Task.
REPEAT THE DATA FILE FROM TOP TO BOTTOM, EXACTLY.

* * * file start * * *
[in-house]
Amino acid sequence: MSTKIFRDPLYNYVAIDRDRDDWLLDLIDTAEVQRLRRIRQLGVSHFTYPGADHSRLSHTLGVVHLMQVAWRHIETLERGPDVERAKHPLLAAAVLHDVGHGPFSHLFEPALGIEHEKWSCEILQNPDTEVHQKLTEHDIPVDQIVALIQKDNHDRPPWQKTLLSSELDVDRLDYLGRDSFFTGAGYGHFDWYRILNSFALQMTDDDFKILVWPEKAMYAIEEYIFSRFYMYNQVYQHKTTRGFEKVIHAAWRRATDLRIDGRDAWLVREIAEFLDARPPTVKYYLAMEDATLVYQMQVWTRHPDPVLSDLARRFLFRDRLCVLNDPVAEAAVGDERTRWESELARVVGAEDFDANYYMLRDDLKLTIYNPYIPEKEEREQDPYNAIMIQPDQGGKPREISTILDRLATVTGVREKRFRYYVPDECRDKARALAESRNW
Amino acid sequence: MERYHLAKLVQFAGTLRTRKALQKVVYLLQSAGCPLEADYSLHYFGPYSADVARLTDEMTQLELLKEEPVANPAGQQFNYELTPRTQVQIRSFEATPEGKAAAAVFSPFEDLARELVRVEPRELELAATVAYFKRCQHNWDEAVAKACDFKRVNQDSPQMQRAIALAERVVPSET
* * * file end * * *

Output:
[in-house]
Amino acid sequence: MSTKIFRDPLYNYVAIDRDRDDWLLDLIDTAEVQRLRRIRQLGVSHFTYPGADHSRLSHTLGVVHLMQVAWRHIETLERGPDVERAKHPLLAAAVLHDVGHGPFSHLFEPALGIEHEKWSCEILQNPDTEVHQKLTEHDIPVDQIVALIQKDNHDRPPWQKTLLSSELDVDRLDYLGRDSFFTGAGYGHFDWYRILNSFALQMTDDDFKILVWPEKAMYAIEEYIFSRFYMYNQVYQHKTTRGFEKVIHAAWRRATDLRIDGRDAWLVREIAEFLDARPPTVKYYLAMEDATLVYQMQVWTRHPDPVLSDLARRFLFRDRLCVLNDPVAEAAVGDERTRWESELARVVGAEDFDANYYMLRDDLKLTIYNPYIPEKEEREQDPYNAIMIQPDQGGKPREISTILDRLATVTGVREKRFRYYVPDECRDKARALAESRNW
Amino acid sequence: MERYHLAKLVQFAGTLRTRKALQKVVYLLQSAGCPLEADYSLHYFGPYSADVARLTDEMTQLELLKEEPVANPAGQQFNYELTPRTQVQIRSFEATPEGKAAAAVFSPFEDLARELVRVEPRELELAATVAYFKRCQHNWDEAVAKACDFKRVNQDSPQMQRAIALAERVVPSET